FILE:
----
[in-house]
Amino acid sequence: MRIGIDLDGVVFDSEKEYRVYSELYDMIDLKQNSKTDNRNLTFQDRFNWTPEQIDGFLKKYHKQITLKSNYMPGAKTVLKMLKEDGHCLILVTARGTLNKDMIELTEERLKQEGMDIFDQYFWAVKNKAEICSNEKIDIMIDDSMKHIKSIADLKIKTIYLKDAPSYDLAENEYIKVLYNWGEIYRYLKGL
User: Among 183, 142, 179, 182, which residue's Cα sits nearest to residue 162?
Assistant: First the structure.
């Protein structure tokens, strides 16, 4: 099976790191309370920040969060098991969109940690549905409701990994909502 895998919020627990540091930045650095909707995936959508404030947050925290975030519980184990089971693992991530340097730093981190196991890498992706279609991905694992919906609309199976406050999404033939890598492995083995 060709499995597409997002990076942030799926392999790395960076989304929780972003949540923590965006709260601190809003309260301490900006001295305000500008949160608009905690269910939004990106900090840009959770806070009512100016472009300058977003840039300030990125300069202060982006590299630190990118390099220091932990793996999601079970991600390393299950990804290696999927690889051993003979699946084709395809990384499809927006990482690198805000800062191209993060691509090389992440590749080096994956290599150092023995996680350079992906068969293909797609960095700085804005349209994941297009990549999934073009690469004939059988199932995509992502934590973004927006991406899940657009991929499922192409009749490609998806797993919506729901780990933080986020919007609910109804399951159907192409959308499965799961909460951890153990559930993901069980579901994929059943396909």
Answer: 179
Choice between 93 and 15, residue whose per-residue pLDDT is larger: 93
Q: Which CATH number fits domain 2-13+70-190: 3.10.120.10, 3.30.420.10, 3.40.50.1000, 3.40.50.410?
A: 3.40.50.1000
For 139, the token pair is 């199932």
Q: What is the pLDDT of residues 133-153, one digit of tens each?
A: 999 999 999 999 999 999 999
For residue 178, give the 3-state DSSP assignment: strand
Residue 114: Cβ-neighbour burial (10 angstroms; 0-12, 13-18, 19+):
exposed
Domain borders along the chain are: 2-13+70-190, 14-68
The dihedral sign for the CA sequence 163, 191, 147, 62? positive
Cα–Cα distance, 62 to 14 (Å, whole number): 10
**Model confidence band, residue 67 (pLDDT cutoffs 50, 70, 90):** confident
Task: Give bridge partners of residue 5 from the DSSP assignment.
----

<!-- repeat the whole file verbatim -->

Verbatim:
[in-house]
Amino acid sequence: MRIGIDLDGVVFDSEKEYRVYSELYDMIDLKQNSKTDNRNLTFQDRFNWTPEQIDGFLKKYHKQITLKSNYMPGAKTVLKMLKEDGHCLILVTARGTLNKDMIELTEERLKQEGMDIFDQYFWAVKNKAEICSNEKIDIMIDDSMKHIKSIADLKIKTIYLKDAPSYDLAENEYIKVLYNWGEIYRYLKGL
User: Among 183, 142, 179, 182, which residue's Cα sits nearest to residue 162?
Assistant: First the structure.
């Protein structure tokens, strides 16, 4: 099976790191309370920040969060098991969109940690549905409701990994909502 895998919020627990540091930045650095909707995936959508404030947050925290975030519980184990089971693992991530340097730093981190196991890498992706279609991905694992919906609309199976406050999404033939890598492995083995 060709499995597409997002990076942030799926392999790395960076989304929780972003949540923590965006709260601190809003309260301490900006001295305000500008949160608009905690269910939004990106900090840009959770806070009512100016472009300058977003840039300030990125300069202060982006590299630190990118390099220091932990793996999601079970991600390393299950990804290696999927690889051993003979699946084709395809990384499809927006990482690198805000800062191209993060691509090389992440590749080096994956290599150092023995996680350079992906068969293909797609960095700085804005349209994941297009990549999934073009690469004939059988199932995509992502934590973004927006991406899940657009991929499922192409009749490609998806797993919506729901780990933080986020919007609910109804399951159907192409959308499965799961909460951890153990559930993901069980579901994929059943396909």
Answer: 179
Choice between 93 and 15, residue whose per-residue pLDDT is larger: 93
Q: Which CATH number fits domain 2-13+70-190: 3.10.120.10, 3.30.420.10, 3.40.50.1000, 3.40.50.410?
A: 3.40.50.1000
For 139, the token pair is 């199932």
Q: What is the pLDDT of residues 133-153, one digit of tens each?
A: 999 999 999 999 999 999 999
For residue 178, give the 3-state DSSP assignment: strand
Residue 114: Cβ-neighbour burial (10 angstroms; 0-12, 13-18, 19+):
exposed
Domain borders along the chain are: 2-13+70-190, 14-68
The dihedral sign for the CA sequence 163, 191, 147, 62? positive
Cα–Cα distance, 62 to 14 (Å, whole number): 10
**Model confidence band, residue 67 (pLDDT cutoffs 50, 70, 90):** confident
Task: Give bridge partners of residue 5 from the DSSP assignment.